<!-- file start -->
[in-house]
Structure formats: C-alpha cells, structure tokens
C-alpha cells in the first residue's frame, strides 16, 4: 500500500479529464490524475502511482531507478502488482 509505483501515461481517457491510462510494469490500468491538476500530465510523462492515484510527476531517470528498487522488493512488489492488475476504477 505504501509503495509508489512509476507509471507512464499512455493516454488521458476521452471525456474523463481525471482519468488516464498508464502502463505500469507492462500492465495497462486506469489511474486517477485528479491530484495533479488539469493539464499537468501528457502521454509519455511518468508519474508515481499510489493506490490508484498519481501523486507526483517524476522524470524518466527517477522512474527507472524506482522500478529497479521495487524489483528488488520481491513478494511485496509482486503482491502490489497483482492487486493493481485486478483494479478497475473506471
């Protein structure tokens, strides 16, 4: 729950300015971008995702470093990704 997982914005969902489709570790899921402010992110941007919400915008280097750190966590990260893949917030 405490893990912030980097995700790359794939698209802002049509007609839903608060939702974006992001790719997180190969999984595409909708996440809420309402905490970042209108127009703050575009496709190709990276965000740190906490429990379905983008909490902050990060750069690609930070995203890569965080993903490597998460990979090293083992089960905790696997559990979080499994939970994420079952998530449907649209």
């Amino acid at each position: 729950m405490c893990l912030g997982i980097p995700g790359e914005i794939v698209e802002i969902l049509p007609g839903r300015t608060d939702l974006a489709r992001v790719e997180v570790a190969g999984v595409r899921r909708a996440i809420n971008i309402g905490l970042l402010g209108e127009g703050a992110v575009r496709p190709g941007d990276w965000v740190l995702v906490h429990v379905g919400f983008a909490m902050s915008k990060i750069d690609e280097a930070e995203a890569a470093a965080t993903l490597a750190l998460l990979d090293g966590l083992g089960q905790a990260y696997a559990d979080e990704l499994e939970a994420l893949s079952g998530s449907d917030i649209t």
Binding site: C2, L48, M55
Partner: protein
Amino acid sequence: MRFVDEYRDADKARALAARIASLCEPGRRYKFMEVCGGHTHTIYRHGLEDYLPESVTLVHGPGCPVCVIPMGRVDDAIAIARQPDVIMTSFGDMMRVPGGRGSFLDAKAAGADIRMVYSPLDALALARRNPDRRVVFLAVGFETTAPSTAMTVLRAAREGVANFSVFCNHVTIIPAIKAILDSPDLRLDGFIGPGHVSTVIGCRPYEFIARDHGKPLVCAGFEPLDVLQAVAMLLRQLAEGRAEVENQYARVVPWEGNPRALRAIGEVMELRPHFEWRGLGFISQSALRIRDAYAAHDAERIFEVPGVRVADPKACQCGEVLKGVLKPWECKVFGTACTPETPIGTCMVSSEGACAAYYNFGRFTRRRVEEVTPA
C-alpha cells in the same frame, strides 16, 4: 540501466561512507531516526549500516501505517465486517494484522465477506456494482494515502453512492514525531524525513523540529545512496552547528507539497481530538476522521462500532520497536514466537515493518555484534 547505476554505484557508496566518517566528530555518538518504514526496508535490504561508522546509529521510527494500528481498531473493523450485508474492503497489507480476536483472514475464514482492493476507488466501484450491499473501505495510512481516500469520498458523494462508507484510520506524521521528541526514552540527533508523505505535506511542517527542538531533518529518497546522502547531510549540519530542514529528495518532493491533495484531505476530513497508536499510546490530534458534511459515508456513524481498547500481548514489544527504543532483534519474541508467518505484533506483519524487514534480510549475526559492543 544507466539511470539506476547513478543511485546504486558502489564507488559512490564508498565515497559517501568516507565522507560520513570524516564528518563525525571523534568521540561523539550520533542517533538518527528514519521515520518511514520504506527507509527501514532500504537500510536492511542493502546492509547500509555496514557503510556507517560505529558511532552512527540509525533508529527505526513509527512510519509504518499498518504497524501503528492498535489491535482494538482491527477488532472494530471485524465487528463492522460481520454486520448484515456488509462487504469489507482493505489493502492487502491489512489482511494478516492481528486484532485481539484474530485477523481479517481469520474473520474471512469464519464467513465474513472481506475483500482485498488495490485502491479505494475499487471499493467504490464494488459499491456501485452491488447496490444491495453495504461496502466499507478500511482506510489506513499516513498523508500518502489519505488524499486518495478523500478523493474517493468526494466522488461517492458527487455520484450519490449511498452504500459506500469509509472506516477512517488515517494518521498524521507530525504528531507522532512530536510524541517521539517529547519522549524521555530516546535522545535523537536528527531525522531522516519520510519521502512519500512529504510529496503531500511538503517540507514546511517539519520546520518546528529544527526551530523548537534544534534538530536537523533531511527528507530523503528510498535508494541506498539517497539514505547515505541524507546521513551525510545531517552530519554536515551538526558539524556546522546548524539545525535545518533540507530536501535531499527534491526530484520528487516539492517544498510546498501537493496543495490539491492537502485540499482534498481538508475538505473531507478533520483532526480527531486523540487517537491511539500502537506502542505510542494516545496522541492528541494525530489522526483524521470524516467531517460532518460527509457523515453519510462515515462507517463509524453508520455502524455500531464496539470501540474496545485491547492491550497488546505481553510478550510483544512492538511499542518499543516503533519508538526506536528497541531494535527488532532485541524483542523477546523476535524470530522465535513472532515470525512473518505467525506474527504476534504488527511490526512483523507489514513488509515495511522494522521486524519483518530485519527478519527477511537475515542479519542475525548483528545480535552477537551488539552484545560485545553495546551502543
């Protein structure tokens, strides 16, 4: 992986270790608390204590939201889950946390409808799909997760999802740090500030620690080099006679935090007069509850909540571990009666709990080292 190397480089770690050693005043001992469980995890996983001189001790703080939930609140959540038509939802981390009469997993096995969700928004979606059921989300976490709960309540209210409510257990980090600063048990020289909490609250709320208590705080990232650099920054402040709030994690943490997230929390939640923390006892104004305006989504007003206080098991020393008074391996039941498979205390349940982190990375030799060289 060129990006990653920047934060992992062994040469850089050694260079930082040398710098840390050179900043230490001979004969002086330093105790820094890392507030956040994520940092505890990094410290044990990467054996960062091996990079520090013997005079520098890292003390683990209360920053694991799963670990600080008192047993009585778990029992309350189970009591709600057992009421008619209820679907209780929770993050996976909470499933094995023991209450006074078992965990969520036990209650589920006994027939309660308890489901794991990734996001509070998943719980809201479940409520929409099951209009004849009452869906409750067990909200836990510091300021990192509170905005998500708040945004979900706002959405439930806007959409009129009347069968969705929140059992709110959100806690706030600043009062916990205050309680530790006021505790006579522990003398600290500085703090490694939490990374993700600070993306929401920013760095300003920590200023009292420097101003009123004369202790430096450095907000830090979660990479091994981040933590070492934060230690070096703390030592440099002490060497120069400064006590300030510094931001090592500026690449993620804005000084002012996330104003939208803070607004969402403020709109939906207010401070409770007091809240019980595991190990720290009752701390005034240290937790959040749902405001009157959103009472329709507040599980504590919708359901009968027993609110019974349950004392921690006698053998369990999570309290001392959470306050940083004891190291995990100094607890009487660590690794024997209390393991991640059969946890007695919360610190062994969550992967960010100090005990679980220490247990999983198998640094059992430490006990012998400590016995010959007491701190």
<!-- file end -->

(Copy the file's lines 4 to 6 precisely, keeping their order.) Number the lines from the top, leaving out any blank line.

């Protein structure tokens, strides 16, 4: 729950300015971008995702470093990704 997982914005969902489709570790899921402010992110941007919400915008280097750190966590990260893949917030 405490893990912030980097995700790359794939698209802002049509007609839903608060939702974006992001790719997180190969999984595409909708996440809420309402905490970042209108127009703050575009496709190709990276965000740190906490429990379905983008909490902050990060750069690609930070995203890569965080993903490597998460990979090293083992089960905790696997559990979080499994939970994420079952998530449907649209």
């Amino acid at each position: 729950m405490c893990l912030g997982i980097p995700g790359e914005i794939v698209e802002i969902l049509p007609g839903r300015t608060d939702l974006a489709r992001v790719e997180v570790a190969g999984v595409r899921r909708a996440i809420n971008i309402g905490l970042l402010g209108e127009g703050a992110v575009r496709p190709g941007d990276w965000v740190l995702v906490h429990v379905g919400f983008a909490m902050s915008k990060i750069d690609e280097a930070e995203a890569a470093a965080t993903l490597a750190l998460l990979d090293g966590l083992g089960q905790a990260y696997a559990d979080e990704l499994e939970a994420l893949s079952g998530s449907d917030i649209t």
Binding site: C2, L48, M55